• I believe part of the explosion in paranormal romance is the ability of monsters to have condom-free sex. If your hero/heroine is not human, you get to define whether or not they can carry human illness, and most writers opt for not. Add to that the agent/publisher demand for new and different monsters, and you cycle through vampires, shape shifters, demons, gods and, eventually, angels. If it's immortal and you don't have to worry about where they're gonna find Trojans in the middle of the desert/on top of a mountain/in an alternate dimension/on the prairie at night, well, then that makes writing the love scenes a bit easier. Also, you can write them as alpha-male types and brush that off with "well, that's how that particular race, etc. are..." instead of embracing the fact that lots of women like to read about alpha males, even if they aren't our cuppa in real life.

  • emmalita

    One of my friends reads only PNR. I just asked her about the appeal. Her list: hot sex, fast recovery time, and the wisdom of age in a body in it's prime.

  • Sara_Tonin00

    I dunno. I feel like if life-forms are close enough to cross-breed, they can share STDs. But I'm kind of grossed out that I just thought about it.

  • Sara_Tonin00

    I feel like Harry Potter probably made it more permissible to read YA books. But I also feel that the sci-fi/fantasy YA is more less likely to produce scorn than an adult reading "Dicey's Song" or "Island of the Blue Dolphins." (people would assume you are a poor reader. Though I'm not familiar enough with the books being listed by commenters to know if any are non-fantasy/sci-f.)

    I'd bet 50% of the people on this thread have reread "A Wrinkle in Time," "The Lion, the Witch and the Wardrobe" or LOTR (which I don't consider YA, but many do) as adults. I also feel that people who read fantasy/sci-fi are more used to blowing off the opinion of the general public. :)

  • Three_nineteen

    Why would I ever want to revisit the adventures of Meg and Charles Wallace? Oh, right, because they are awesome.

  • F'mal DeHyde

    Speaking of Island of the Blue Dolphin, I remember seeing the movie decades ago. I wish they'd do a remake, it's a wonderful story... in a heartbreaking kind of way.

  • emmalita

    Relevant to this discussion and Cindy's letter on writing strong women - Terry Pratchett's Tiffany Aching is one of the best YA character's out there.

  • foolsage

    Hells yes, she is. I was devastated when Pratchett announced there would be no more Tiffany books. :(

  • Professor Sara

    But he left her in a pretty good place in the final book. If it had to end, at least it GOT an end, you know?

  • foolsage

    Agreed.

  • emmalita

    I was so excited a couple of days ago when a friend posted a picture of her daughter reading The Wee Free Men. I sent it to her a few years ago.

  • Tinkerville

    They'll pry my young adult and children's books from my cold, dead hands.

  • Sara_Tonin00

    Katniss is not on the autism spectrum.

  • Tinkerville

    If I lived under those harsh circumstances I'd absolutely behave exactly like her.

  • F'mal DeHyde

    I never felt she was anything more than a hard scrabble girl struggling to survive.

  • Artemis

    Yeah, I raised my eyebrows at that, too. There's no indication that she's not neurotypical -- she's just not particularly good at/doesn't care about making friends, and then she gets some bad (and understandable) PTSD that leaves her pretty messed up for the rest of the series.

  • Julie Chase

    I picked up Harry Potter and the Sorcerer's Stone my Junior year of college, a week after my parents announced their separation. Those books got me through an incredibly difficult time, it was the perfect world in which to immerse myself. I can't wait to share them with my own kids one day, but for now I'll continue to reread the series once a year.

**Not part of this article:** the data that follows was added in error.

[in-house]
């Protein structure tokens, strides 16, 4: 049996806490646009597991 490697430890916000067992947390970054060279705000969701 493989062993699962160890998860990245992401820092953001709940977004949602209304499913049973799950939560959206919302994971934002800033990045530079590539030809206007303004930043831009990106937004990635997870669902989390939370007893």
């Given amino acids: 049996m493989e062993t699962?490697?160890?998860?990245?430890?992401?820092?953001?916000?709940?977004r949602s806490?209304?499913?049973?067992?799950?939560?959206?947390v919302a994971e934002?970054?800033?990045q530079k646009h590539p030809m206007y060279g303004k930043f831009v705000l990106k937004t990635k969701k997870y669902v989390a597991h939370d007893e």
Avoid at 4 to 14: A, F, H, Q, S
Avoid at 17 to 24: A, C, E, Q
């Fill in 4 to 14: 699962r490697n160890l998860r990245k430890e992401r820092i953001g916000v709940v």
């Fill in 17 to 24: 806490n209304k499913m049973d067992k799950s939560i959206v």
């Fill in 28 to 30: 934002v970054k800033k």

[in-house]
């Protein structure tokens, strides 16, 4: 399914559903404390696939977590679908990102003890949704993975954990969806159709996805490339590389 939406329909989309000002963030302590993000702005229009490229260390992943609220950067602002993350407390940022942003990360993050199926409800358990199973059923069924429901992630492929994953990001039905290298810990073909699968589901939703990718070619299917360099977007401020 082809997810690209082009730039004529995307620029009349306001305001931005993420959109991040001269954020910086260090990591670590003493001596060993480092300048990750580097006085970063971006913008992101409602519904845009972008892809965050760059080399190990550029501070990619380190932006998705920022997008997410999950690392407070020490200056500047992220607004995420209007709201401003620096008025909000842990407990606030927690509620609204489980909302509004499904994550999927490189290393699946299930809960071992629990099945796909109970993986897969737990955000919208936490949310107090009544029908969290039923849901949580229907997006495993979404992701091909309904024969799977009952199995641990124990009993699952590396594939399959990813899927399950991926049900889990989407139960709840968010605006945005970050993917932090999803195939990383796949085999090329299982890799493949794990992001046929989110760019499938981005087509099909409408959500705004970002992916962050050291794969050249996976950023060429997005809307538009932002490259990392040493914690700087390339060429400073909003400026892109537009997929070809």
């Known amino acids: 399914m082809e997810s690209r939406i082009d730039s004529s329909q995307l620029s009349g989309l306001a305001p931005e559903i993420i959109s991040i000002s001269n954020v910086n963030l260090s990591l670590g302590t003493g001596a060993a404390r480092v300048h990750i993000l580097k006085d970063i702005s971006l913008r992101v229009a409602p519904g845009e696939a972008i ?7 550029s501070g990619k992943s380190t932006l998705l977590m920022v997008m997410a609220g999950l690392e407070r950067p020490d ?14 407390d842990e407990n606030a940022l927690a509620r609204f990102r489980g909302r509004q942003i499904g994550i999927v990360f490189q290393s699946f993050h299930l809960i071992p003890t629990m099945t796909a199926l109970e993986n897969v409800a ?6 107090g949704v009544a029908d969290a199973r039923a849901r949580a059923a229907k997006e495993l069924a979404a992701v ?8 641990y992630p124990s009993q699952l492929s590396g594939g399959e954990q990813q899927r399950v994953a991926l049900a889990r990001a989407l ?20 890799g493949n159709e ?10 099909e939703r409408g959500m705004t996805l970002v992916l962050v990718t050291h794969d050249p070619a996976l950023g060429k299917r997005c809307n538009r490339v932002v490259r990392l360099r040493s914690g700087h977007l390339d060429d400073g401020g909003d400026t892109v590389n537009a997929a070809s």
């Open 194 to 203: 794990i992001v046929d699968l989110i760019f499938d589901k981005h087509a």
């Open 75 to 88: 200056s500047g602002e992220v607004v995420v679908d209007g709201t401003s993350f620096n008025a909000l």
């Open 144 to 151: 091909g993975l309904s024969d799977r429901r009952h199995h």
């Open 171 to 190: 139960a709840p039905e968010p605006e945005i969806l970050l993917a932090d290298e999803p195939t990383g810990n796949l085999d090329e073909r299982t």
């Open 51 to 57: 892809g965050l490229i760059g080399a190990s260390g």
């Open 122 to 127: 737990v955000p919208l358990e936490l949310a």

Also, for anyone looking for great books I highly second Joanna's recommendation of the Kristen Cashore books (Graceling, Fire, Bitterblue) and would add Laini Taylor's Daughter of Smoke and Bone series.

  • RAVEN BOYS (book #1 & 2 are out). If you like Laini Taylor I promise you'll adore them. The second one just came out and I finished it a week ago. Am still desperately mourning the fact that I have to wait ~2 years to see what happens next...

  • Lena

    Raven Boys series is amazing! I didn't think the second one could possibly live up to my expectations because of how much I loved the first one, but I couldn't put it down.

  • Julie Chase

    Ooh, thanks, I'll add them to my (ever growing) list!

  • APOCooter

    Chris Crutcher, Walter Dean Myers, and Laurie Halse Anderson are three of the best authors I've ever read, and YA authors all. Hell, I'll put Sherman Alexie there too, just for Part Time Diary, even though it's the only thing if his I read.

  • abell

    Does Garth Nix count as YA? Because that shit is excellent.

  • emmalita

    I am not familiar with Nix. Where would you recommend I start?

  • abell

    Sabriel.

    Sabriel is the first of the Old Kingdom books, which are my favorite of his. Also worth looking into, though more Young Adulty are the Keys to the Kingdom (unrelated) which starts with Mister Monday.

  • emmalita

    Thanks. I just ordered Sabriel. I hope the publisher sees this and sends you a kickback of some sort.

  • abell

    I'm happy to hear that. Let me know if you like it.

  • Berry

    Is it crazy that I envy you because you're about to read these for the first time? Nix created a wonderful fantasy universe, and it's always such a joy to find a new one. Plus if you're at all fond of magical libraries, you'll love the second one in the trilogy, Lirael.

  • Michelle

    I just bought this for my Kindle based off of these comments. I love book recommendations when the person so clearly loves the books!

  • emmalita

    Who wouldn't love a magical library?

  • Berry

    That is an excellent question. Certainly no-one I would want to know. (Did I do the negatives right just there? I meant to say that I wouldn't want to know people who don't love magical libraries, but English is so confusing sometimes.)

  • emmalita

    I think you were fine. I knew what you meant. The failure to appreciate a magical library would trigger further investigation. Is the problem the other person or the library?

  • Berry

    Along those lines, yes.

  • PDamian

    YES!!! Love the Old Kingdom books!

  • Sara_Tonin00

    ah, my roommate's favorite. (she is not a YA) (unless you count the Charlize Theron kind of YA)

  • Samantha Klein

    YES. More powerful female protagonists.

  • lowercase_ryan

    Also everyone: Stevens is the go to source for YA suggestions. She has that genre locked down.

  • Even Stevens

    I sure do, and proud of it!